I don't think anyone will be surprised to find out that (gasp) I like this idea. So much so in fact that I've often thought I'd like to own a restaurant or live performance art type theatre that charges people this way. The hb'ers who think that there isn't a way to get around the well-to-do getarounders aren't giving the savvy socialists their due, me thinks.   

       Note that the businesses I mentioned are entertainment, leisure, non-neccessities. Lots of really rich people like to show off how much they can afford to spend on these things (think $22 Can/$44 US for a "paintcan full of hot chocolate for home use at a chi-chi coffee shop or $40 Can/$80 US for a mink hair scrunchy at Holt Renfrew (just reverse slumming, really!).   

       You have a charming owner/operator such as myself perhaps. You ofter entertainment the likes of which they've seen only in their most technicolor dreams that they get to sample through a peephole and then ... you ask them to provide a copy of their last tax form (of course there would have to be tax reform first), all subforms must be included please (said assertively, assumptively and ever so sweetly) and presto! add a little water and you've got instant spending equity.
thecat, Jun 12 2003

       this is actually a good idea- and i am closer to libertarian than anything else. of course, i'd rather see speed limits done away with, but that's not about to happen. this is actually closer to fair than any tax system we have. In this system, the percentage of your income/wealth/whatever measurement you pay for speeding, for example, would end up being something like 1% for the poor, .5% middle class, .25% upper class, .001% paris hilton class. That's because this is based on logs, not an actual percentage. It's much fairer to take the same relative dent out of each person's purse than to take, say, 2 days wages from a blue collar guy, or 2 minutes wages from a billionaire. In fact, why not make fines based on something like, you pay 2 hours wages in fine. Much much fairer than the current system. Also, switch the stupid progressive tax system (which really does punish you more for being wealthy) to a flat rate.
buddymatt, Jan 19 2004

       Ok, here is the straight and low down. Those who think that the law for fines based on income is stupid are absolutely.... stupid. You want equal rights, you have nothing better as this, fines based on income. As others have pointed out, everyone is different, therefore your fine should be different. The fine should be there to "teach you a lesson". Make it hurt, and license suspension are a must. Remember people, that thing that you are driving around is a PRIVILEGE and NOT A RIGHT. and don't even thing about suing... that's pathetic.
mrdquick, Jul 12 2004

       I'm reminded of a very famous, very rich Australian whom got convicted, and was then told by the judge that ge was "too rich to fine, and too famous to jail" so he got off scott free.
simonj, Jul 12 2004

       Theoretically this system exists in the UK (for minor offences anyway). Each offence has a tarrif and the monetry penalty is applied accordinf to a formula that basically multiplies the offender's disposable income by the tarrif. This 'equalises' the effect of the penalties on offenders from different income brackets and also ensures that poor offenders aren't jailed just because the level of the fine greatly exceeds their income, whereas a higher earner would pay it, walk away and re-offend.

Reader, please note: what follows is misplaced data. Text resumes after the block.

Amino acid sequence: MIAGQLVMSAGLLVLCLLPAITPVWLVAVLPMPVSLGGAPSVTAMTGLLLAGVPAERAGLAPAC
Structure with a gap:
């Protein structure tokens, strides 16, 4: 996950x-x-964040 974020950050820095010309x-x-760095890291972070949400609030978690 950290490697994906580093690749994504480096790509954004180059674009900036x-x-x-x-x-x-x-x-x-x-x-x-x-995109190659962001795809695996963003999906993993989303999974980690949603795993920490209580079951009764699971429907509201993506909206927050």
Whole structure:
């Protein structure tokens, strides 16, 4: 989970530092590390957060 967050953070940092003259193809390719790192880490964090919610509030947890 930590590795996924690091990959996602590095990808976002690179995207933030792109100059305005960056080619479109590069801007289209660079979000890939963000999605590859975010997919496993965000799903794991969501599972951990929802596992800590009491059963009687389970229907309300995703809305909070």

oneoffdave, Jul 12 2004

       //Those who think that the law for fines based on income is stupid are absolutely.... stupid. //
Well, that's a very mature and reasoned contribution.
angel, Jul 12 2004

       Of course we SHOULDN'T have income based fines. The answer, in the real world it doesn't work.   

       Firstly -- people can't be bothered to fill in the forms saying how much money they make. So what happens? We fine them the maximum. Then it hits the papers 'unemplyed Bob get's £26000 speeding fine' and everyone thinks the justice system is lunacy.   

       Secondly -- contrary to popular belief the government does not know how much a lot of people make. Being self-employed it is very easy to legally get out of making a lot of money as salary. The easiest way is simply to do a share-allocation, all to yourself, then give yourself as an individual massive dividends.   

       So then you get 'Guy living in mansion with business assets of £3bn pays £30 for speeding fine' because according to the letter of the law he has set his income as £30.   

       After this you get into gifting .. so I gift my wife all my wages so I have none. Then your into family support .. my .. er .. granny needed 90% of my wages so I can't afford to pay my fine.   

       How many more faults do we need?   

       The guy is speeding on company business -- how much does he get charged? (of course his boss 'demanded that he speed)   

       The guy is from outer mongolia, shall we ask them lot how much he makes? 3 groats! So the guy who has just drunkenly run over 3 kids gets a £1.20 fine -- and we're back into the headlines.   

       The guy is a Johovah witness -- he owns nothing. Why should he go to jail because of his (indirect) religeous beliefs.   

       A executive gets no salary, but a £2m bonus per year. It's his first year, he hasn't got his bonus yet .. so we're back onto him being fined £1.80. Hits the headlines.   

       Pay increase for a guy is back-dated. He was on £10000 now he's on £50000. Do we go back and retrospectively fine him a load more money? (At which point his company simply says 'naah he was on £50000 the months BEFORE, and the months AFTERWARDS, but we're not retrospectively paying him for the specific month (day) in question.   

       etc. etc. etc. Idea won't work. Sorry [-]
britboy, Jul 12 2004

       What Aristotle said, minus the mfd. Is this really the first time all of you are having this discussion?
yabba do yabba dabba, Jul 12 2004

       I thought of this again today, in a broader sense.   

       Recently in the news - a billionaire was fined for contempt of court during a trail they were involved in. The fine was roughly 1/500000th of their estimated net worth. By comparison, the fine for a speeding ticket in the USA may cost a typical US household roughly 1/1000 of their net worth. By that reckoning, contempt's of court by a billionaire was deemed to be 500 times less serious than doing 10-15 MPH over the speed limit by an average citizen.
a1, Oct 20 2023